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Principles of Mathematical Economics

Shapoor Vali
Publisher: 
Atlantis Press
Publication Date: 
2014
Number of Pages: 
491
Format: 
Hardcover
Series: 
Mathematics Textbooks for Science and Engineering 3
Price: 
99.00
ISBN: 
9789462390355
Category: 
Textbook
[Reviewed by
John Curran
, on
05/17/2015
]

This book covers mathematical topics selected mainly from college algebra and calculus, and gives applications to basic models in economics. The audience is economics students who have either not taken calculus or perhaps never really took to it. In structure, the book alternates between crabbed sections on mathematical topics, and detailed sections on economics. One gets the sense that the author treated the mathematical exposition as something that had to be got on paper, but did not give a lot of thought to the presentation. Strangely, the expository sections for mathematics include examples but hardly ever from economics — indeed, one of the examples is on falling bodies. The sections on economics read like a transcript of the author’s lectures, with running commentary, pandering asides, and lots of board work for elementary examples.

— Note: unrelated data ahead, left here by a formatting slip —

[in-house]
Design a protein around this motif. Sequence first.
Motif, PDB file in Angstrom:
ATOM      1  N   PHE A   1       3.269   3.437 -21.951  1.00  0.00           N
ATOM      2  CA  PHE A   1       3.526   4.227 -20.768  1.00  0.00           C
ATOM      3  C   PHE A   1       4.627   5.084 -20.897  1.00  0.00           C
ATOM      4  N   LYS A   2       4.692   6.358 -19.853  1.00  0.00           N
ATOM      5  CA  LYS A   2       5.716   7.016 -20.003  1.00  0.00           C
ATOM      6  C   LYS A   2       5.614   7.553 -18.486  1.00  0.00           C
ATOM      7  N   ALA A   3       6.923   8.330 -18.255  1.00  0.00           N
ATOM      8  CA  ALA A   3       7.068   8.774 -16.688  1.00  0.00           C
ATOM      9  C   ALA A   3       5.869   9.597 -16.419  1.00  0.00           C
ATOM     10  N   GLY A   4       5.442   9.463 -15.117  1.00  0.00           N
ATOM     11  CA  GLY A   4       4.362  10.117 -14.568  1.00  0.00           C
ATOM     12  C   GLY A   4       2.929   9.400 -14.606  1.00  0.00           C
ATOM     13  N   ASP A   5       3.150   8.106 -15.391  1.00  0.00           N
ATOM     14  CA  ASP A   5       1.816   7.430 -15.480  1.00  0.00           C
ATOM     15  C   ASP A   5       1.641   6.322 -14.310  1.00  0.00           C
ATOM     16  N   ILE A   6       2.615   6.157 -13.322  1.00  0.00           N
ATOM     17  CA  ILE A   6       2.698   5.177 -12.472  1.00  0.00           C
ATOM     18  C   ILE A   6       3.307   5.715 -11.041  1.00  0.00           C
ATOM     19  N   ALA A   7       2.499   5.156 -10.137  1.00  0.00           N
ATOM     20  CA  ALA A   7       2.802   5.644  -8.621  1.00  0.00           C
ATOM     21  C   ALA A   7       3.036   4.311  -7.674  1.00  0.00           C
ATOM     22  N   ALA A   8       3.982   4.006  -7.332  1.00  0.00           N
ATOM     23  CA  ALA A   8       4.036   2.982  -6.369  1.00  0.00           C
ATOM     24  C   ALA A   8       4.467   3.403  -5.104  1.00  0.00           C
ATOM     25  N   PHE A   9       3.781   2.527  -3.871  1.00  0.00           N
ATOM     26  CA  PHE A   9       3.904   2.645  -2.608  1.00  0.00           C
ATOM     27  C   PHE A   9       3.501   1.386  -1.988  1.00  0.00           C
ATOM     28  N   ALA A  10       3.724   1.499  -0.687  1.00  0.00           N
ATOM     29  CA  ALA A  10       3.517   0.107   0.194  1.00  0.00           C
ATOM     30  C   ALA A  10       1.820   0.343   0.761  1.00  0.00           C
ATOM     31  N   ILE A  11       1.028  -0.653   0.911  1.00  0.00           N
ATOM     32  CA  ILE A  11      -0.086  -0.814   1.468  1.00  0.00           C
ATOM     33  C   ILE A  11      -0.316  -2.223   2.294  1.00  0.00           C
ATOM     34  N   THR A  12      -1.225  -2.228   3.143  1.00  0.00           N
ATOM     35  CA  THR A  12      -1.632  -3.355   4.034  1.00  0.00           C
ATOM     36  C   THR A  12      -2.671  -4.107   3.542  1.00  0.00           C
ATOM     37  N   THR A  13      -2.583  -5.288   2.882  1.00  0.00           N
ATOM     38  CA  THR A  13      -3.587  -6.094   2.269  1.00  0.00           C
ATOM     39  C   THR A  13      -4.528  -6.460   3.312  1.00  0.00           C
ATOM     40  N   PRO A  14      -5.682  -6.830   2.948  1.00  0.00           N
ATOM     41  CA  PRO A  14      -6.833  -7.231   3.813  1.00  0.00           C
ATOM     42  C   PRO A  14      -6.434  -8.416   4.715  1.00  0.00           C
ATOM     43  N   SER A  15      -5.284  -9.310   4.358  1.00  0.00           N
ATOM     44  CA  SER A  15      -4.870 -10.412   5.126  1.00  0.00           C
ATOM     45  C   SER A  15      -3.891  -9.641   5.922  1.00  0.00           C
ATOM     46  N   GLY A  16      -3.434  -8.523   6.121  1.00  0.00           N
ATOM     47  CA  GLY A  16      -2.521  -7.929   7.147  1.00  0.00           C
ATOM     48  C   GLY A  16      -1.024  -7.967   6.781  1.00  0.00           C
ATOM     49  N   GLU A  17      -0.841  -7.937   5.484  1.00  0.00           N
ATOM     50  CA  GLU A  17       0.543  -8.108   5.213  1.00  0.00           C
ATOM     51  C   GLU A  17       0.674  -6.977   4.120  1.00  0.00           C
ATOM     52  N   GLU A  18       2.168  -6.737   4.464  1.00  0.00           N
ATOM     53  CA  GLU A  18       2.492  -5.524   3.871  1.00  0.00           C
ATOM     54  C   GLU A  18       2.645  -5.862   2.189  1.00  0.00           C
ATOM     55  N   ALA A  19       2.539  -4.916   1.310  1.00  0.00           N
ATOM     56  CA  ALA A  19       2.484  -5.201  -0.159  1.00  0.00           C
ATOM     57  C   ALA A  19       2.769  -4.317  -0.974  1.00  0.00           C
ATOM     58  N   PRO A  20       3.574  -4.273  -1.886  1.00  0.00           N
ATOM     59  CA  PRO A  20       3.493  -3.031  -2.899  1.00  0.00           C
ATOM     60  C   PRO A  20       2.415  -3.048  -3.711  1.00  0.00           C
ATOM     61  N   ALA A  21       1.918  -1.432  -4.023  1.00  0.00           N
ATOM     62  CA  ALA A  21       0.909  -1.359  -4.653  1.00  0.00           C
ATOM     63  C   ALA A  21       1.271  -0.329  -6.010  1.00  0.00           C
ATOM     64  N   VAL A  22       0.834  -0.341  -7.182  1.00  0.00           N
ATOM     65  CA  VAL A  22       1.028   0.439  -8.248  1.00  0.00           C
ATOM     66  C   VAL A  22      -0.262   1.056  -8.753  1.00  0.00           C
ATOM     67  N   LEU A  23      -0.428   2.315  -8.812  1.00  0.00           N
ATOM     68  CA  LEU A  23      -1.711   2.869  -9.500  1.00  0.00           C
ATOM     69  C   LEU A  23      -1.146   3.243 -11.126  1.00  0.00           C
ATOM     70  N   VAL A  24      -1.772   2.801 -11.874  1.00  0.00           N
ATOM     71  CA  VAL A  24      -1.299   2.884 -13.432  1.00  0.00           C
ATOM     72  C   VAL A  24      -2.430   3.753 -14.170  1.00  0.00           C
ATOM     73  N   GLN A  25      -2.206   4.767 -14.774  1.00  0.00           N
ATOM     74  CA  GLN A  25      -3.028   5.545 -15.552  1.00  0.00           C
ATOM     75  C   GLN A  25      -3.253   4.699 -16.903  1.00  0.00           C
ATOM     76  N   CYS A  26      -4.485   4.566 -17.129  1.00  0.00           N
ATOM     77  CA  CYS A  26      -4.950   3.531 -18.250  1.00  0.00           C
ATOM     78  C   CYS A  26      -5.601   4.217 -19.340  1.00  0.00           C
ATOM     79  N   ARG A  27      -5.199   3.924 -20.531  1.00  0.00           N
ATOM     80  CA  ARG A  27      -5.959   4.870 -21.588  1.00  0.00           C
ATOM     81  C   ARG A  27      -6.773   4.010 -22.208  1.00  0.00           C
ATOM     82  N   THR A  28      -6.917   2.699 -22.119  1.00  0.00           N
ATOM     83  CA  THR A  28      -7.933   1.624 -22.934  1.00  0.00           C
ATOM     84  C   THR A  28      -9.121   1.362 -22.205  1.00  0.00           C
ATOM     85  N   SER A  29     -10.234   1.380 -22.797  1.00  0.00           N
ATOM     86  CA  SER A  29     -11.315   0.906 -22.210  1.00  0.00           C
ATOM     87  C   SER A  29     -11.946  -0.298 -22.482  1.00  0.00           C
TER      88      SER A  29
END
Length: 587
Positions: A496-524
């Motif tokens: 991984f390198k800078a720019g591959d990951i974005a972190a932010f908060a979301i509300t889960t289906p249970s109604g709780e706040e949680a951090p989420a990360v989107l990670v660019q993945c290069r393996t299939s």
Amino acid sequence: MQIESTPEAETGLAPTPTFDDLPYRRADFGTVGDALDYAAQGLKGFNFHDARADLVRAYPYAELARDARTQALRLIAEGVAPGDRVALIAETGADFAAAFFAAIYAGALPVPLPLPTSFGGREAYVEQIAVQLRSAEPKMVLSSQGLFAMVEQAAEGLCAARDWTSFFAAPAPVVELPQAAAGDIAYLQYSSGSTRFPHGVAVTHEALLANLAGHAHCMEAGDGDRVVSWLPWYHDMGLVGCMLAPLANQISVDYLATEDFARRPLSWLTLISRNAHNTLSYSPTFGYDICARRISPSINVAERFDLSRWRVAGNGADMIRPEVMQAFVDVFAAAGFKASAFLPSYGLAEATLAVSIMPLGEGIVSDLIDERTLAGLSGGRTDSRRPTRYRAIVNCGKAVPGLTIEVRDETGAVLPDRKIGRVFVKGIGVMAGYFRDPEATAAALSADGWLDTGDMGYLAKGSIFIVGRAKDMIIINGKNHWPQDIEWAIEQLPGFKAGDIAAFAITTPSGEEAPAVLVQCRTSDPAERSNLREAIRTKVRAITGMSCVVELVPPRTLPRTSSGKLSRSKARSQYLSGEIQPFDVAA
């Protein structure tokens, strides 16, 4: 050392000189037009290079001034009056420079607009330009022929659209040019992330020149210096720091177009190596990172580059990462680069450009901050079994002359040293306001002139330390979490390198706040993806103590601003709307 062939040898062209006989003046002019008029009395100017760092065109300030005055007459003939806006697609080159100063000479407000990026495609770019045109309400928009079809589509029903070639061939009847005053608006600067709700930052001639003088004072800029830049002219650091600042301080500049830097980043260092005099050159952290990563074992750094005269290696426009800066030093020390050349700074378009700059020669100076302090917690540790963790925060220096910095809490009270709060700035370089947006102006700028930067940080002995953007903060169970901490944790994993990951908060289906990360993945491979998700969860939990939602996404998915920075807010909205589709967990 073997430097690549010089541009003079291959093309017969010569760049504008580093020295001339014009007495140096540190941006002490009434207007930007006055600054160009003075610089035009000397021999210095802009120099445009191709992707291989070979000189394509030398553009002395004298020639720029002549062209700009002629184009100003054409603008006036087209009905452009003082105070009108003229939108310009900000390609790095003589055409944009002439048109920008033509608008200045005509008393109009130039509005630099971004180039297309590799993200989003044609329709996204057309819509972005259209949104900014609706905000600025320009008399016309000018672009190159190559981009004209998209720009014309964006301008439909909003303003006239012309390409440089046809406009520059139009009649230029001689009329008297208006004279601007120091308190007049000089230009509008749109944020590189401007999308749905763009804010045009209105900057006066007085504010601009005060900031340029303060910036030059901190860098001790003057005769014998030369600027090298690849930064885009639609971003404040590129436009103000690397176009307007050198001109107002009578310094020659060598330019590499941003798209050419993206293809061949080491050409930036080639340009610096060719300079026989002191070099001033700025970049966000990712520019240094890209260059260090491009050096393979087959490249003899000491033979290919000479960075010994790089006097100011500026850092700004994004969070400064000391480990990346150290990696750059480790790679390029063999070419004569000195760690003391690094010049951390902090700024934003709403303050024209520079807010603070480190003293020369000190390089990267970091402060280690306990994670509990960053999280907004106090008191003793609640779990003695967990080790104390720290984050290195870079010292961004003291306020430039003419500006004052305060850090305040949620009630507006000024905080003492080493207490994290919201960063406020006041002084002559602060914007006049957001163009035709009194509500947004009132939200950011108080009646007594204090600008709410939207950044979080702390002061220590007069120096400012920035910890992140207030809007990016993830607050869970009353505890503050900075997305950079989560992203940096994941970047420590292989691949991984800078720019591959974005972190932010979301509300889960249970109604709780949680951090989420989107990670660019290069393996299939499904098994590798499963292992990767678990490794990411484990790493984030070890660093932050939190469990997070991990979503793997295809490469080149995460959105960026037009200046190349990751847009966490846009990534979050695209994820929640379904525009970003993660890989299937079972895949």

The book has an uneasy relationship with computational tools. The preface makes a pointed argument for the use of “nonlinear” (meaning neither linear nor quadratic) functions in models, a world now open to us due to computers. Such “nonlinear” functions are used sparingly, however, and the book cannot seem to settle on which tool to use, variously Excel, R, Microsoft Mathematics, Google, Maple, and WolframAlpha. The graphics in the book reflect this indecision, and come in a variety of formats, including fuzzy screenshots. There is also no clear policy on when to use technology — on the whole the author misses opportunities to use it constructively.

Although the mathematical treatment is disappointing, the economics sections may be of use for some students. In particular there is extensive discussion of production functions for individual firms and for the economy as a whole. 


John Curran is Associate Professor of Mathematics and the coordinator of the Actuarial Science and Economics Program at Eastern Michigan University.

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